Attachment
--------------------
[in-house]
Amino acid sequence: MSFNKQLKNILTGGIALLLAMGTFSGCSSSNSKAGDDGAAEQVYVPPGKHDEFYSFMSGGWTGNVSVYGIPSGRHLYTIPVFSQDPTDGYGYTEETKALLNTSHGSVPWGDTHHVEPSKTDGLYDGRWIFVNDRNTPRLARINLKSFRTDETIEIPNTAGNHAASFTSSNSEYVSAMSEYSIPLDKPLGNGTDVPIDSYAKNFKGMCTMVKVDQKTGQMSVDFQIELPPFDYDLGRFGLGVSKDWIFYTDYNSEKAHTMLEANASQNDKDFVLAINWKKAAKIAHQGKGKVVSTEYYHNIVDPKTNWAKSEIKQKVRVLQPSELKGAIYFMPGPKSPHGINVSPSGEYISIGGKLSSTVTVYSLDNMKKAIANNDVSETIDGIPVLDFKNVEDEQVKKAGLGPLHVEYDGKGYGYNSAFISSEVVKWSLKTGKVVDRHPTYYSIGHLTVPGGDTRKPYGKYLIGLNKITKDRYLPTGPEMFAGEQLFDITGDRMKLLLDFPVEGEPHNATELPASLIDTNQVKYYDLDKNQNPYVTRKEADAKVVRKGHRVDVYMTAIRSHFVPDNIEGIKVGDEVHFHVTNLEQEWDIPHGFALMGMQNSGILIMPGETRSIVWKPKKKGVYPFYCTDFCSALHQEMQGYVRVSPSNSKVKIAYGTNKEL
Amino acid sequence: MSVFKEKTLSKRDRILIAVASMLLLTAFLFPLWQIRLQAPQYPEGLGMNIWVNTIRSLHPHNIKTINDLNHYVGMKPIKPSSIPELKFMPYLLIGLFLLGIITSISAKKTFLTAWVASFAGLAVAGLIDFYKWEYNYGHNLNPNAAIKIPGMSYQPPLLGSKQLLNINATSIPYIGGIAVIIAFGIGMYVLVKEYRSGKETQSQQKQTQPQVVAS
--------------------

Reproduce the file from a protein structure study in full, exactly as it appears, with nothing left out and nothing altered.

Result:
[in-house]
Amino acid sequence: MSFNKQLKNILTGGIALLLAMGTFSGCSSSNSKAGDDGAAEQVYVPPGKHDEFYSFMSGGWTGNVSVYGIPSGRHLYTIPVFSQDPTDGYGYTEETKALLNTSHGSVPWGDTHHVEPSKTDGLYDGRWIFVNDRNTPRLARINLKSFRTDETIEIPNTAGNHAASFTSSNSEYVSAMSEYSIPLDKPLGNGTDVPIDSYAKNFKGMCTMVKVDQKTGQMSVDFQIELPPFDYDLGRFGLGVSKDWIFYTDYNSEKAHTMLEANASQNDKDFVLAINWKKAAKIAHQGKGKVVSTEYYHNIVDPKTNWAKSEIKQKVRVLQPSELKGAIYFMPGPKSPHGINVSPSGEYISIGGKLSSTVTVYSLDNMKKAIANNDVSETIDGIPVLDFKNVEDEQVKKAGLGPLHVEYDGKGYGYNSAFISSEVVKWSLKTGKVVDRHPTYYSIGHLTVPGGDTRKPYGKYLIGLNKITKDRYLPTGPEMFAGEQLFDITGDRMKLLLDFPVEGEPHNATELPASLIDTNQVKYYDLDKNQNPYVTRKEADAKVVRKGHRVDVYMTAIRSHFVPDNIEGIKVGDEVHFHVTNLEQEWDIPHGFALMGMQNSGILIMPGETRSIVWKPKKKGVYPFYCTDFCSALHQEMQGYVRVSPSNSKVKIAYGTNKEL
Amino acid sequence: MSVFKEKTLSKRDRILIAVASMLLLTAFLFPLWQIRLQAPQYPEGLGMNIWVNTIRSLHPHNIKTINDLNHYVGMKPIKPSSIPELKFMPYLLIGLFLLGIITSISAKKTFLTAWVASFAGLAVAGLIDFYKWEYNYGHNLNPNAAIKIPGMSYQPPLLGSKQLLNINATSIPYIGGIAVIIAFGIGMYVLVKEYRSGKETQSQQKQTQPQVVAS